Sometimes, it would be nice to flatten (merge) multiple transforms into a single transform. Therefore, I thought it would be fun to figure out how to do this and share it with others.

Posts in this series:

- Zeroing the Center of a CompositeTransform
- Flattening a TransformGroup
- Using Matrices to Flatten a TransformGroup
- PanView - A Metro Panning Custom Control
- PanView - The Design

A transform consists of the following operations, performed in the following order:

- Translate
- Rotate about a center point
- Scale

**Note**: This task is difficult enough when flattening transforms with center points of 0,0. Having to account for transformations with center points not at the origin is just too much. Therefore, it is assumed that all transformations have their center points zeroed out as described in Zeroing the Center of a CompositeTransform.

In the above render, the red rectangle is transformed `Tx=100`

, `Ty=30`

, and `R=45`

. Remember that all center points are `0,0`

. The green rectangle is positioned using a group of two transforms, `Tx=100`

, `Ty=30`

, `R=45`

and then `Tx=120`

, `Ty=-80`

, and `R=-60`

. The goal of this post is to come up with an equivalent single transformation that results in the same location as the green rectangle. The answer is the transformation `Tx=241`

, `Ty=58`

and `R=-15`

, and rendered as the blue border.

### FlattenExample.xaml

```
<Page
x:Class="PanViewDemoApp.FlattenExample"
IsTabStop="false"
xmlns="http://schemas.microsoft.com/winfx/2006/xaml/presentation"
xmlns:x="http://schemas.microsoft.com/winfx/2006/xaml"
xmlns:local="using:PanViewDemoApp"
xmlns:d="http://schemas.microsoft.com/expression/blend/2008"
xmlns:mc="http://schemas.openxmlformats.org/markup-compatibility/2006"
mc:Ignorable="d"
FontSize="20"
Foreground="Black">
<Canvas>
<Border
Height="120"
Width="200"
Background="#40FF0000">
<Border.RenderTransform>
<CompositeTransform
x:Name="J"
TranslateX="100"
TranslateY="30"
Rotation="45" />
</Border.RenderTransform>
<TextBlock
Foreground="Red"
Margin="5">Tx=100 Ty=30 R=45</TextBlock>
</Border>
<Border
Height="120"
Width="200"
Background="#4000FF00">
<Border.RenderTransform>
<TransformGroup>
<CompositeTransform
x:Name="K"
TranslateX="120"
TranslateY="-80"
Rotation="-60" />
<CompositeTransform
TranslateX="100"
TranslateY="30"
Rotation="45" />
</TransformGroup>
</Border.RenderTransform>
<TextBlock
Foreground="Green"
Margin="3">Tx=100
Ty=30 R=45<LineBreak />Tx=120 Ty=-80 R=-60</TextBlock>
</Border>
<Border
Height="120"
Width="200"
BorderBrush="Blue"
BorderThickness="3">
<Border.RenderTransform>
<CompositeTransform
x:Name="L"
TranslateX="241"
TranslateY="58"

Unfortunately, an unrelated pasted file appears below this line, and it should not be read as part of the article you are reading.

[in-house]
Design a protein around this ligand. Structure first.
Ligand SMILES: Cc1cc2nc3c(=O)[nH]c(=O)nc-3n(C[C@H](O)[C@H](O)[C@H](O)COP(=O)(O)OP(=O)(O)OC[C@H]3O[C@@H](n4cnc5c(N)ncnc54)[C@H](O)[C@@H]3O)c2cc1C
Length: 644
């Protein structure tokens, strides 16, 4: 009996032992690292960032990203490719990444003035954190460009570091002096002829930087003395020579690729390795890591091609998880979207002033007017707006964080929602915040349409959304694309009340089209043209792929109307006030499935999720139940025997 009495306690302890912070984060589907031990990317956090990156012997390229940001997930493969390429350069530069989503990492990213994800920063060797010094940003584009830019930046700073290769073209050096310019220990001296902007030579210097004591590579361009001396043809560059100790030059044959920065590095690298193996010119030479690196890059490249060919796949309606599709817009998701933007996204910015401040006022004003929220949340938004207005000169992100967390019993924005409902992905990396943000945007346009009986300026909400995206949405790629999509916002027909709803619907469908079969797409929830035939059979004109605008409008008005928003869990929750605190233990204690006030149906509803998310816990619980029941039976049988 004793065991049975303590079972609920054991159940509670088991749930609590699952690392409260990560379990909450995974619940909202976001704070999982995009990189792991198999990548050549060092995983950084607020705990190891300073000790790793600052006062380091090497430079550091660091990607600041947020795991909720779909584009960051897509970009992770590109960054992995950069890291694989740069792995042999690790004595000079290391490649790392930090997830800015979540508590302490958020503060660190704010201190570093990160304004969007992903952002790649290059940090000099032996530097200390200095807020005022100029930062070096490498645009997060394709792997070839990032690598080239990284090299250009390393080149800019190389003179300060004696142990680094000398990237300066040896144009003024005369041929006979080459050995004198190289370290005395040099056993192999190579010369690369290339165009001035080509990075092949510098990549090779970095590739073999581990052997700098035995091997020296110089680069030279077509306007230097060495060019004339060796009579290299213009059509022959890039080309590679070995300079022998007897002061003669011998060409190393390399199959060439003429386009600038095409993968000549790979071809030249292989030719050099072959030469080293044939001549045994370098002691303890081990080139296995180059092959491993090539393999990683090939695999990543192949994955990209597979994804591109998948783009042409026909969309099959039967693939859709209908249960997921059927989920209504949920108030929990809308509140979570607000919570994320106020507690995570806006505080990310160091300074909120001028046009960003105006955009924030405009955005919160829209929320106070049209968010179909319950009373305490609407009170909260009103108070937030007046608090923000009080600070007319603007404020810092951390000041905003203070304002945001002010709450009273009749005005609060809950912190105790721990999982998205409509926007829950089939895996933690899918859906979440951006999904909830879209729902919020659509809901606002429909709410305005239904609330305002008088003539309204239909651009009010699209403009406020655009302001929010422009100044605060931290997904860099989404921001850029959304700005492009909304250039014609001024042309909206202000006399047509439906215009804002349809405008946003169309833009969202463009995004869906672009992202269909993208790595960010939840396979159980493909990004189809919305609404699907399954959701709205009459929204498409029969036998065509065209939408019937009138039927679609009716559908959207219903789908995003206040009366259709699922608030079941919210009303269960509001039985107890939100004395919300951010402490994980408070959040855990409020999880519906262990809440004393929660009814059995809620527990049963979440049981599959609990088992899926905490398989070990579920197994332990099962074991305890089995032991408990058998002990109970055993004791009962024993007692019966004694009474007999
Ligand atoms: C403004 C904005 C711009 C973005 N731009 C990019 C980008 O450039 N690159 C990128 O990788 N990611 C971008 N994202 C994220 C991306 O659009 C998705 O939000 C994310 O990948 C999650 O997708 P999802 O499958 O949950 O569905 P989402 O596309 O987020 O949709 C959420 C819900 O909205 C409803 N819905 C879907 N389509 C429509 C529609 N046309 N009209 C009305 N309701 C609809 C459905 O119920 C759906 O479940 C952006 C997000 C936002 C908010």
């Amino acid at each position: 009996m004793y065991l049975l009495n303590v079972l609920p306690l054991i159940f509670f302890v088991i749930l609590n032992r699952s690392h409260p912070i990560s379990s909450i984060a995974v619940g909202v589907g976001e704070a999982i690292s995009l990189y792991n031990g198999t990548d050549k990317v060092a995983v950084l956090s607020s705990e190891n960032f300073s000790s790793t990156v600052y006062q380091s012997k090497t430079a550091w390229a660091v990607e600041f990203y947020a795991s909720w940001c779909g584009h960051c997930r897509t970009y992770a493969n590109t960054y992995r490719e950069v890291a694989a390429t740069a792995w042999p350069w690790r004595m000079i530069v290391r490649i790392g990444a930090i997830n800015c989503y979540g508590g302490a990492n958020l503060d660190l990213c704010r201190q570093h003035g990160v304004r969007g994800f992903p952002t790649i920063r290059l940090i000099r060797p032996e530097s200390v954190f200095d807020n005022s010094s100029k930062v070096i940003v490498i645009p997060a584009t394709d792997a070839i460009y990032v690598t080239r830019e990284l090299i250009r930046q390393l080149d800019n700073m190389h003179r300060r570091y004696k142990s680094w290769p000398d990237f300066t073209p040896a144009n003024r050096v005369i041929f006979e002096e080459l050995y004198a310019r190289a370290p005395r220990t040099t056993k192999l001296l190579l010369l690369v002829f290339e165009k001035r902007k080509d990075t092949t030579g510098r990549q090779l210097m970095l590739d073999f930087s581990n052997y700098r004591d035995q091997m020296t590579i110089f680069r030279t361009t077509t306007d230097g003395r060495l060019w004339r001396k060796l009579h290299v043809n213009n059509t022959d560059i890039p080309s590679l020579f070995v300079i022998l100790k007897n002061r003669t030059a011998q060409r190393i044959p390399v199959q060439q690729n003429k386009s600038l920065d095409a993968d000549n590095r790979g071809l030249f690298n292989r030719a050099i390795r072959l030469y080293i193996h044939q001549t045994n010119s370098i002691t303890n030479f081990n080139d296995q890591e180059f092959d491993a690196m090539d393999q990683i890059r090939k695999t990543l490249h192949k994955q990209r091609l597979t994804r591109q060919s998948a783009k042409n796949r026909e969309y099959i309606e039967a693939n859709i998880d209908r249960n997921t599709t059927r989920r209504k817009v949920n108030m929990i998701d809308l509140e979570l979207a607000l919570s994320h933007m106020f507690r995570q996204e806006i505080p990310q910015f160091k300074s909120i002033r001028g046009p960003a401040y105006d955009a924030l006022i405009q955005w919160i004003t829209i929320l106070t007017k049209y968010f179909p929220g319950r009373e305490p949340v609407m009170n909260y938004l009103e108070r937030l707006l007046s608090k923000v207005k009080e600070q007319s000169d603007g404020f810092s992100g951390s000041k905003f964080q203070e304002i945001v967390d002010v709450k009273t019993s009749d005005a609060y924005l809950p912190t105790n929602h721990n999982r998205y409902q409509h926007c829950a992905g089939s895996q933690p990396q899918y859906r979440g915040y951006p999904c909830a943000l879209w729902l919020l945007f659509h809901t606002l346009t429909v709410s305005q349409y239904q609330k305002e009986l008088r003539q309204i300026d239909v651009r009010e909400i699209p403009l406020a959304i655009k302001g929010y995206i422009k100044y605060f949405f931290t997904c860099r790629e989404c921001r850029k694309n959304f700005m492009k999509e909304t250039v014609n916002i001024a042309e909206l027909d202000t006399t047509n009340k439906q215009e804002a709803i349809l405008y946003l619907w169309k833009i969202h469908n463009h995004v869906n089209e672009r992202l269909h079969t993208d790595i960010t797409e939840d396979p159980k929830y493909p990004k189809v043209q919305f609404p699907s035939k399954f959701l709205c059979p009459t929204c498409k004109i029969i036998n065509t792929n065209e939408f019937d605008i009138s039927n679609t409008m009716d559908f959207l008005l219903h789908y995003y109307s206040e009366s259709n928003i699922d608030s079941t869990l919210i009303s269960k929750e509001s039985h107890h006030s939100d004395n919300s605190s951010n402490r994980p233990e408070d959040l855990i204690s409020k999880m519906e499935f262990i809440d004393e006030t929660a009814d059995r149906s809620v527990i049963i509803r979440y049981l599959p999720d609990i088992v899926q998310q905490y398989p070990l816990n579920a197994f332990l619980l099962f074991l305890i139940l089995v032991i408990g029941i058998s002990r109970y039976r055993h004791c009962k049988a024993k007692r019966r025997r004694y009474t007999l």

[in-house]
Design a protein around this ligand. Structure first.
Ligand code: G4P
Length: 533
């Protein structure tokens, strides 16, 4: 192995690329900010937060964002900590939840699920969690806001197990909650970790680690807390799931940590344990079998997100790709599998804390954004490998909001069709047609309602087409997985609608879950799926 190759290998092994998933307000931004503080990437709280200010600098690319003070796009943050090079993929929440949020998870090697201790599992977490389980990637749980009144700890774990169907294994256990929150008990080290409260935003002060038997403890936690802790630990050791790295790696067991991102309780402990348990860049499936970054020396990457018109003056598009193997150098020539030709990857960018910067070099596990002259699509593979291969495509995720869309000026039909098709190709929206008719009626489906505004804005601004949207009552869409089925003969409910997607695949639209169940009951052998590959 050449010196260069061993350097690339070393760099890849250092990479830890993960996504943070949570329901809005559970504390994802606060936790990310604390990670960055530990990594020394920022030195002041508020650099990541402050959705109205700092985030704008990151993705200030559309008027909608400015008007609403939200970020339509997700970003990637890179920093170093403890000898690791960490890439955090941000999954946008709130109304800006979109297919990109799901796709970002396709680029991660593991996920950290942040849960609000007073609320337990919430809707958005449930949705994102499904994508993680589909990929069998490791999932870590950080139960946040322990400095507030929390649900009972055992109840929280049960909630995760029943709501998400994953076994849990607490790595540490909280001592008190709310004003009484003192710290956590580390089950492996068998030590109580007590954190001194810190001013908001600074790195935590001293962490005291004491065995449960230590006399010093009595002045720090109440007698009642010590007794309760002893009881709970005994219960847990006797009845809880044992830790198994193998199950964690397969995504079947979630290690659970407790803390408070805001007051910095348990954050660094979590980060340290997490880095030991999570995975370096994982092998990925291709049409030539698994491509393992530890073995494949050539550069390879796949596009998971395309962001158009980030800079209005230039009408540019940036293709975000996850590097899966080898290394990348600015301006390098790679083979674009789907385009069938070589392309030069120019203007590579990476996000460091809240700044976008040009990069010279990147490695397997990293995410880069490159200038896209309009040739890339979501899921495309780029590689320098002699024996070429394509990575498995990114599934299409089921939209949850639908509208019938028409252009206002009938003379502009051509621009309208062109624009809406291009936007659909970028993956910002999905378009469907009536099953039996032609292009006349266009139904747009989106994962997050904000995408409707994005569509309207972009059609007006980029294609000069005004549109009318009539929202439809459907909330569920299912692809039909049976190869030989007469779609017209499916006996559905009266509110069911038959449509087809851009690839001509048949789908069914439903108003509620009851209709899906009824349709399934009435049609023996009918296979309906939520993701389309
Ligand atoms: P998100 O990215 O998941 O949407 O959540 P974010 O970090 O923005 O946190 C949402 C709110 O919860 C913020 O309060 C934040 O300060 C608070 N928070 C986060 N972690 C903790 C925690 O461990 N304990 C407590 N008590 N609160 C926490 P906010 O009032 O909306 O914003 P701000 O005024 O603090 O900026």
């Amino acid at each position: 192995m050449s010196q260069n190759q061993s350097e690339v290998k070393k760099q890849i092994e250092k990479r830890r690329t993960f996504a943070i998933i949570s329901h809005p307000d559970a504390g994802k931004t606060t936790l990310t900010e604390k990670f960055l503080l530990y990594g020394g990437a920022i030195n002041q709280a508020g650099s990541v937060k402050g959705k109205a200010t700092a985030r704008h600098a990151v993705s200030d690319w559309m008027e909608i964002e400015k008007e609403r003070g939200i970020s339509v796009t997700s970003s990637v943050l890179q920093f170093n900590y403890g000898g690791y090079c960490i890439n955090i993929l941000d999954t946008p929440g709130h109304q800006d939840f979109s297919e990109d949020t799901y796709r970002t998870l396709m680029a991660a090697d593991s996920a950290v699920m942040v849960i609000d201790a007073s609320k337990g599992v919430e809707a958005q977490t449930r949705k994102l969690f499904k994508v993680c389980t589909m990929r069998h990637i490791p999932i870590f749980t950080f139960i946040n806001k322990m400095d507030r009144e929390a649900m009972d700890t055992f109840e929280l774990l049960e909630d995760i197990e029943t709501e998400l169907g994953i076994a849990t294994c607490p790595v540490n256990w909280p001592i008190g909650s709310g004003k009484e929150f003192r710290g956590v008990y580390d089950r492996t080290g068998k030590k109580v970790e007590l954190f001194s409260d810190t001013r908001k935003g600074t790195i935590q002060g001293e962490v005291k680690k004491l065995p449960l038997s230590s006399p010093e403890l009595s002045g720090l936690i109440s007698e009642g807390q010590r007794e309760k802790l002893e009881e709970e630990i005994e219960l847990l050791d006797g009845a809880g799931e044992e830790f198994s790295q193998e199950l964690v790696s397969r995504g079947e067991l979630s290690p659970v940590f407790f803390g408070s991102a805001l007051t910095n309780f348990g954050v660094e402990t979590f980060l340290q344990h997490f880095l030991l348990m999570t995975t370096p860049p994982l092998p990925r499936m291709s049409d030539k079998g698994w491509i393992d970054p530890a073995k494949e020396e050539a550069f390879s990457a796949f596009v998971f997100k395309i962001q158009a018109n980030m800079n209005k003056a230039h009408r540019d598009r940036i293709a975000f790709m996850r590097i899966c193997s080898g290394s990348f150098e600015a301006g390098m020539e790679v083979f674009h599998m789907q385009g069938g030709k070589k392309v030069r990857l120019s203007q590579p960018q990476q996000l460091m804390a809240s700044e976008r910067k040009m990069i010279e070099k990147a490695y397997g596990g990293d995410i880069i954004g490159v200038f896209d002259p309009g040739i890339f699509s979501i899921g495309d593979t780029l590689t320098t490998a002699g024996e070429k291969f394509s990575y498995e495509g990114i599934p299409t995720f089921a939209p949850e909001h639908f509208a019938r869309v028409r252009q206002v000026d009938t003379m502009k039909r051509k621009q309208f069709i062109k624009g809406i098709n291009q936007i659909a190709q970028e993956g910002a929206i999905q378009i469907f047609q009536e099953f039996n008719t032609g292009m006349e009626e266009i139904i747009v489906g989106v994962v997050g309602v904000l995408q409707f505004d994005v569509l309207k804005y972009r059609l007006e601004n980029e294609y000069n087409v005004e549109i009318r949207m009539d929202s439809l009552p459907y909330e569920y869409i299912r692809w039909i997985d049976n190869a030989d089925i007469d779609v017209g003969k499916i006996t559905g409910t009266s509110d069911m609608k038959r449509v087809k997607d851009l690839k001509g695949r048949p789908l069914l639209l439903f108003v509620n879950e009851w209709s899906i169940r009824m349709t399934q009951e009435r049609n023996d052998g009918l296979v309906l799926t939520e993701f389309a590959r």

Rotation="-15" />
</Border.RenderTransform>
<TextBlock
Foreground="Blue"
Margin="3"
VerticalAlignment="Bottom">Tx=241 Ty=58 R=-15</TextBlock>
</Border>
</Canvas>
</Page>
```

Above is the XAML that created the rendering.

From my perspective, the order of transforms specified in the `TransformGroup`

are applied in reverse order. I have no idea whether this is a bug or by design. In any case, we have to work with what we have.

Now that we named the transformations, let me restate the goal of this post in different terms: Our goal is to modify the transform `J`

so that it is equivalent to the group of the transformations `J`

and `K`

.

```
<CompositeTransform
x:Name="J"
TranslateX="100"
TranslateY="30"
Rotation="45" />
<CompositeTransform
x:Name="K"
TranslateX="120"
TranslateY="-80"
Rotation="-60" />
```

The easy part is the rotation. Rotations are simply additive. Therefore:

`j.Rotation += k.Rotation;`

The harder part is applying the translation, since translations in the `x`

and `y`

direction of transform `K`

are now rotated 45° (because transform `J`

has already been applied). The easiest way to apply the translation is to first convert the translations of `K`

from rectangular `(x,y)`

to polar form. In this example, moving `120x,-80y`

is the same as moving `144.2`

pixels in a direction of `-33°`

. Therefore, we need to translate `144.2`

pixels in a direction of `(45-33)°`

or `12°`

.

By the way, it is important to note that a move in the positive `y`

direction is upwards in trigonometry and downward in Windows. A rotation in a positive direction is counter-clockwise in trigonometry and clockwise in Windows. Therefore. it is easy to make direction mistakes when using trigonometry functions in Windows. Yet, these two inconsistencies can actually cancel each other out very nicely. Just keep it in mind when reading the code below. Oh, and one more thing: rotations in Windows are specified in degrees and angles used in trigonometric functions are all specified in radians.

The first number, `144.2`

, is computed as:

`var d = Math.Sqrt(k.TranslateX * k.TranslateX + k.TranslateY * k.TranslateY);`

The second number, `-33°`

, is computed as:

`var a = Math.Atan2(k.TranslateY, k.TranslateX);`

We now need to add `45°`

to the angle, making sure to convert `45°`

to radians first.

`a += j.Rotation *`

`Math.PI / 180;`

Now that we have the final angle for `K`

, we need to break it back down into screen `x`

and `y`

distances for `K`

:

`var x = Math.Cos(a) * d;`

`var y = Math.Sin(a) * d;`

Finally, we can add those translations back into J:

`j.TranslateX += x;`

`j.TranslateY += y;`

Here is the C# code that performs the flattening of two transformations:

*TransformExtensions.cs*

```
static void InternalAppend(ICompositeTransform j, ICompositeTransform k)
{
InternalZeroCenterPoint(j);
InternalZeroCenterPoint(k);
var d = Math.Sqrt(k.TranslateX * k.TranslateX + k.TranslateY * k.TranslateY);
var a = Math.Atan2(k.TranslateY, k.TranslateX);
a += j.Rotation * Math.PI / 180;
var x = Math.Cos(a) * d;
var y = Math.Sin(a) * d;
j.Rotation += k.Rotation;
j.TranslateX += x;
j.TranslateY += y;
}
```